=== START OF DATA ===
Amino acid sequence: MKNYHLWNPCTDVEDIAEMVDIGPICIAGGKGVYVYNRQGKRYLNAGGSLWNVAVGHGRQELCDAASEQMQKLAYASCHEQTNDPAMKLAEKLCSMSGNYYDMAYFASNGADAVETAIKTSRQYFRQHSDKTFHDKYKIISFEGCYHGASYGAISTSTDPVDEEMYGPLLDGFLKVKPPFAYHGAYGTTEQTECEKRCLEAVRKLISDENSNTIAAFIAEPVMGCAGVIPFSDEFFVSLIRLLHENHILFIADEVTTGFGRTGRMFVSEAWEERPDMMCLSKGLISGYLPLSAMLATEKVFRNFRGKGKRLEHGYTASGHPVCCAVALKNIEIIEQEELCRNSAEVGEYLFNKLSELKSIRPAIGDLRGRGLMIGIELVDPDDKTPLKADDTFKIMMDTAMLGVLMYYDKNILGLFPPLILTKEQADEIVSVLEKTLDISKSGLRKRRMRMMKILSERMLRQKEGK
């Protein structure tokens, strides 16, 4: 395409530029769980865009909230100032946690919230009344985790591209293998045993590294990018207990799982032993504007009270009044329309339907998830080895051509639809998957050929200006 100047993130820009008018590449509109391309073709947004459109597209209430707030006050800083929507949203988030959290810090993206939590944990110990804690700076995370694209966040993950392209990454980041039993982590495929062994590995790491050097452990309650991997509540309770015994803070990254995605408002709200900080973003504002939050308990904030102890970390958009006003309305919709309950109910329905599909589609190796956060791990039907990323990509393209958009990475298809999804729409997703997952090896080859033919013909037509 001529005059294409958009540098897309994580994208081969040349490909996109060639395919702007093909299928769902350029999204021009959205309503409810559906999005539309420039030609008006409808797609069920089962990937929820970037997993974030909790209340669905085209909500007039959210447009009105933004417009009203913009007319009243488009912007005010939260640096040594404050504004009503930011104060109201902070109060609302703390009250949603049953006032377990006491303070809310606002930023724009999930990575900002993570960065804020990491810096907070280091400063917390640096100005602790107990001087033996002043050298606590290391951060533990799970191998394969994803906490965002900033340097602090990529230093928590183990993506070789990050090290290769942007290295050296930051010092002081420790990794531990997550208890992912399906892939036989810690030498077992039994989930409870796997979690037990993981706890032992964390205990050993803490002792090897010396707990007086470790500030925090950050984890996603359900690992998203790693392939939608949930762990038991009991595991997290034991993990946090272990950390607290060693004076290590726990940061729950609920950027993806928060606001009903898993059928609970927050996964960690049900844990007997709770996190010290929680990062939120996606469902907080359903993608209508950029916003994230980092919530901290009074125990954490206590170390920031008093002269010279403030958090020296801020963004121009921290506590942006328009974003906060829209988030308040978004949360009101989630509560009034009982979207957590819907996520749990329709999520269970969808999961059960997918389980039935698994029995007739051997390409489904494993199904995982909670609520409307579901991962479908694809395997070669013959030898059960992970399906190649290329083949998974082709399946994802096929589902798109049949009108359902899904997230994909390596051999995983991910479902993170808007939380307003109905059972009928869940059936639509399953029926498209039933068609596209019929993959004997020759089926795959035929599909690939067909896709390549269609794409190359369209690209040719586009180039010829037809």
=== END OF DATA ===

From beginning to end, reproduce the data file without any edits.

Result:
Amino acid sequence: MKNYHLWNPCTDVEDIAEMVDIGPICIAGGKGVYVYNRQGKRYLNAGGSLWNVAVGHGRQELCDAASEQMQKLAYASCHEQTNDPAMKLAEKLCSMSGNYYDMAYFASNGADAVETAIKTSRQYFRQHSDKTFHDKYKIISFEGCYHGASYGAISTSTDPVDEEMYGPLLDGFLKVKPPFAYHGAYGTTEQTECEKRCLEAVRKLISDENSNTIAAFIAEPVMGCAGVIPFSDEFFVSLIRLLHENHILFIADEVTTGFGRTGRMFVSEAWEERPDMMCLSKGLISGYLPLSAMLATEKVFRNFRGKGKRLEHGYTASGHPVCCAVALKNIEIIEQEELCRNSAEVGEYLFNKLSELKSIRPAIGDLRGRGLMIGIELVDPDDKTPLKADDTFKIMMDTAMLGVLMYYDKNILGLFPPLILTKEQADEIVSVLEKTLDISKSGLRKRRMRMMKILSERMLRQKEGK
């Protein structure tokens, strides 16, 4: 395409530029769980865009909230100032946690919230009344985790591209293998045993590294990018207990799982032993504007009270009044329309339907998830080895051509639809998957050929200006 100047993130820009008018590449509109391309073709947004459109597209209430707030006050800083929507949203988030959290810090993206939590944990110990804690700076995370694209966040993950392209990454980041039993982590495929062994590995790491050097452990309650991997509540309770015994803070990254995605408002709200900080973003504002939050308990904030102890970390958009006003309305919709309950109910329905599909589609190796956060791990039907990323990509393209958009990475298809999804729409997703997952090896080859033919013909037509 001529005059294409958009540098897309994580994208081969040349490909996109060639395919702007093909299928769902350029999204021009959205309503409810559906999005539309420039030609008006409808797609069920089962990937929820970037997993974030909790209340669905085209909500007039959210447009009105933004417009009203913009007319009243488009912007005010939260640096040594404050504004009503930011104060109201902070109060609302703390009250949603049953006032377990006491303070809310606002930023724009999930990575900002993570960065804020990491810096907070280091400063917390640096100005602790107990001087033996002043050298606590290391951060533990799970191998394969994803906490965002900033340097602090990529230093928590183990993506070789990050090290290769942007290295050296930051010092002081420790990794531990997550208890992912399906892939036989810690030498077992039994989930409870796997979690037990993981706890032992964390205990050993803490002792090897010396707990007086470790500030925090950050984890996603359900690992998203790693392939939608949930762990038991009991595991997290034991993990946090272990950390607290060693004076290590726990940061729950609920950027993806928060606001009903898993059928609970927050996964960690049900844990007997709770996190010290929680990062939120996606469902907080359903993608209508950029916003994230980092919530901290009074125990954490206590170390920031008093002269010279403030958090020296801020963004121009921290506590942006328009974003906060829209988030308040978004949360009101989630509560009034009982979207957590819907996520749990329709999520269970969808999961059960997918389980039935698994029995007739051997390409489904494993199904995982909670609520409307579901991962479908694809395997070669013959030898059960992970399906190649290329083949998974082709399946994802096929589902798109049949009108359902899904997230994909390596051999995983991910479902993170808007939380307003109905059972009928869940059936639509399953029926498209039933068609596209019929993959004997020759089926795959035929599909690939067909896709390549269609794409190359369209690209040719586009180039010829037809």